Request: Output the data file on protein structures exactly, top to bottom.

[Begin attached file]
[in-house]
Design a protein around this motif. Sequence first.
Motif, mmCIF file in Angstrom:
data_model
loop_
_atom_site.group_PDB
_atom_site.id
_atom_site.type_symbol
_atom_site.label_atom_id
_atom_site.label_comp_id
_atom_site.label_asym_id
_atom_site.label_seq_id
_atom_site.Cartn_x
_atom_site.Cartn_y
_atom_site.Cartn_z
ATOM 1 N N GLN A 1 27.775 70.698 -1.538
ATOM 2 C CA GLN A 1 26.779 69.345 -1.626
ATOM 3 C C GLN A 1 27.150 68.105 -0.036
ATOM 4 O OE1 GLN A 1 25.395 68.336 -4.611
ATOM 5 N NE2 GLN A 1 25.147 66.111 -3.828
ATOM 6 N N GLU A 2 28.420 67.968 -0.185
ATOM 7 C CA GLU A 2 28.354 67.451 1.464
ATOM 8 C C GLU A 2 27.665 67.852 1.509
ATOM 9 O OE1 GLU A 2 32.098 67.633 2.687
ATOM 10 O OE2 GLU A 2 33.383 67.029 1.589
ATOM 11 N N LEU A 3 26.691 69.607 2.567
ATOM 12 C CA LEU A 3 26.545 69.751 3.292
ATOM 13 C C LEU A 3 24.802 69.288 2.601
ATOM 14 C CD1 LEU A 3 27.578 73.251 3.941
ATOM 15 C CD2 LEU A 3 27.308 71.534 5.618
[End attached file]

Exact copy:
[in-house]
Design a protein around this motif. Sequence first.
Motif, mmCIF file in Angstrom:
data_model
loop_
_atom_site.group_PDB
_atom_site.id
_atom_site.type_symbol
_atom_site.label_atom_id
_atom_site.label_comp_id
_atom_site.label_asym_id
_atom_site.label_seq_id
_atom_site.Cartn_x
_atom_site.Cartn_y
_atom_site.Cartn_z
ATOM 1 N N GLN A 1 27.775 70.698 -1.538
ATOM 2 C CA GLN A 1 26.779 69.345 -1.626
ATOM 3 C C GLN A 1 27.150 68.105 -0.036
ATOM 4 O OE1 GLN A 1 25.395 68.336 -4.611
ATOM 5 N NE2 GLN A 1 25.147 66.111 -3.828
ATOM 6 N N GLU A 2 28.420 67.968 -0.185
ATOM 7 C CA GLU A 2 28.354 67.451 1.464
ATOM 8 C C GLU A 2 27.665 67.852 1.509
ATOM 9 O OE1 GLU A 2 32.098 67.633 2.687
ATOM 10 O OE2 GLU A 2 33.383 67.029 1.589
ATOM 11 N N LEU A 3 26.691 69.607 2.567
ATOM 12 C CA LEU A 3 26.545 69.751 3.292
ATOM 13 C C LEU A 3 24.802 69.288 2.601
ATOM 14 C CD1 LEU A 3 27.578 73.251 3.941
ATOM 15 C CD2 LEU A 3 27.308 71.534 5.618